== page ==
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Gut Microbes Might Reflect Health, Diet of Older Americans

Probiotics for Elders

Story at-a-glance -

  • Recent research shows microflora in seniors living in long-term care facilities is less diverse, and significantly correlates with measures of frailty, co-morbidity, markers of inflammation and other factors that contribute to aging and death. According to the authors, seniors may need certain dietary supplements to improve their microbial health
  • People over 60 can have as much as 1,000-fold less "friendly" bacteria in their guts compared to younger adults, and increased levels of disease-causing microbes
  • Previous research found that consumption of the probiotic strain known as Bifidobacterium lactis resulted in increases in both the number and disease-fighting capacity of white immune cells, thereby bolstering the immune system in aging seniors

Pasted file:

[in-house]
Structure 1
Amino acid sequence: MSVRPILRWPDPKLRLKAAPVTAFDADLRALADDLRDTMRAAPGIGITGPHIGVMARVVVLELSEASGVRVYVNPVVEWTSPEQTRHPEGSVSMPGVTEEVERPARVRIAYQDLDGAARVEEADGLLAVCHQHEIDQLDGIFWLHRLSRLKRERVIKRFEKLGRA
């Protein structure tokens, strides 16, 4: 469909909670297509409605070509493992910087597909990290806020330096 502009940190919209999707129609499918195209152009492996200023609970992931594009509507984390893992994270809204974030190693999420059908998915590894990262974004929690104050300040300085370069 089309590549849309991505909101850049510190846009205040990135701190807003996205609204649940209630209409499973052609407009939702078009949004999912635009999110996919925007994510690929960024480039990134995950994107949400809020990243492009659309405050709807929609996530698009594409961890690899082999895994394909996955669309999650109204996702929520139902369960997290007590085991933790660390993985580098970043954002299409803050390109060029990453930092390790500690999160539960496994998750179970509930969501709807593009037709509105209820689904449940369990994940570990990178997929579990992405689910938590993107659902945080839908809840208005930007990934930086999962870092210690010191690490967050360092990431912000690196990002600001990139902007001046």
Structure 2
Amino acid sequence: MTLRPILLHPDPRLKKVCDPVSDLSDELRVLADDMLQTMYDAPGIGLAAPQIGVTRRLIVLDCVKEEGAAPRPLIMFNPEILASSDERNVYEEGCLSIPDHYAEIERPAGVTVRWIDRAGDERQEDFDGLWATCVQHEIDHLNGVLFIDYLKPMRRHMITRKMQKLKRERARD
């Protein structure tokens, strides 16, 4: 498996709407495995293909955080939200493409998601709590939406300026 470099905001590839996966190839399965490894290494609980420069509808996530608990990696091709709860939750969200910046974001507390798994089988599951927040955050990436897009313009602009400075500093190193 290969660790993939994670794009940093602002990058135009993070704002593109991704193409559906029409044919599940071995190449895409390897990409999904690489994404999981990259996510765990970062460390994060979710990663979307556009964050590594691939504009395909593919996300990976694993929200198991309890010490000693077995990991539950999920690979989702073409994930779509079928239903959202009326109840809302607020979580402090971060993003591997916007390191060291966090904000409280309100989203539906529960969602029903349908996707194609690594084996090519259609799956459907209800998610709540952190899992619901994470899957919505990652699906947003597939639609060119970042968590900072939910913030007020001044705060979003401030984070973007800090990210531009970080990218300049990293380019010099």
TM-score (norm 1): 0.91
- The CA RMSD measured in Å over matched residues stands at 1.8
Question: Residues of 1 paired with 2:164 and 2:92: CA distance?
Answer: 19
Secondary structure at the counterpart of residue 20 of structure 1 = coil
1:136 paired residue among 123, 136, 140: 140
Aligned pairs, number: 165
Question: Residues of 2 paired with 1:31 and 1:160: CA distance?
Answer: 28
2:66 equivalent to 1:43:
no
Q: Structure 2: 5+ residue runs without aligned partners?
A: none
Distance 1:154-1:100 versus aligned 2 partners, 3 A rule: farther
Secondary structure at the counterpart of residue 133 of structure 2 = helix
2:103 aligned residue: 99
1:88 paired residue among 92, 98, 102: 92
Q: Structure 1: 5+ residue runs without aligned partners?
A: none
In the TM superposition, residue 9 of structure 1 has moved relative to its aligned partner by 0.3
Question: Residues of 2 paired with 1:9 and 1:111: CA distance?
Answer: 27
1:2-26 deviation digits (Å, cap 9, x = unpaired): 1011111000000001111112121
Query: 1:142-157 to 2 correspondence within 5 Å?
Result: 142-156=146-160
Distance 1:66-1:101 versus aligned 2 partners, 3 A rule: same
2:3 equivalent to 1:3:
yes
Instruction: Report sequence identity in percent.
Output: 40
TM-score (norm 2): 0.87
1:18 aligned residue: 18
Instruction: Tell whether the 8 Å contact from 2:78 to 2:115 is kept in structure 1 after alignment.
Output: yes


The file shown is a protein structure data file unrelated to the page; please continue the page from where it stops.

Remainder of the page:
• The best way to ensure optimal gut flora is to regularly consume traditionally fermented or cultured foods and avoid sugar and processed foods

By Dr. Mercola

Probiotics, along with a host of other microorganisms, are so crucial to your health that researchers have compared them to "a newly recognized organ." In fact, your microflora – a term used to describe the bacteria, fungi, viruses and other microbes that make up your microbial inner ecosystem – impact far more than your digestive tract.


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